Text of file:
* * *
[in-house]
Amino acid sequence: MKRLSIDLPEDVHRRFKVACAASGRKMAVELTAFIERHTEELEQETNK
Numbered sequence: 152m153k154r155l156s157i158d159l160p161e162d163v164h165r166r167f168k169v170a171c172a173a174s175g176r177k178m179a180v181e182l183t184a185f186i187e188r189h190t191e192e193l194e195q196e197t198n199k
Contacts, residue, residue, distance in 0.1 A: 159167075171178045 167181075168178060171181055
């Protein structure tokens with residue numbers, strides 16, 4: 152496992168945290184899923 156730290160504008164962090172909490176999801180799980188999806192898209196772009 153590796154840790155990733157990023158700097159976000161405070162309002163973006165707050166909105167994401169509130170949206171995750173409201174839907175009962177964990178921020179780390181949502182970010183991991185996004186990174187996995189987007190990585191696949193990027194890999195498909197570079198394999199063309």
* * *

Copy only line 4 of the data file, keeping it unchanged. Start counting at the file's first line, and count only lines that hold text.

Contacts, residue, residue, distance in 0.1 A: 159167075171178045 167181075168178060171181055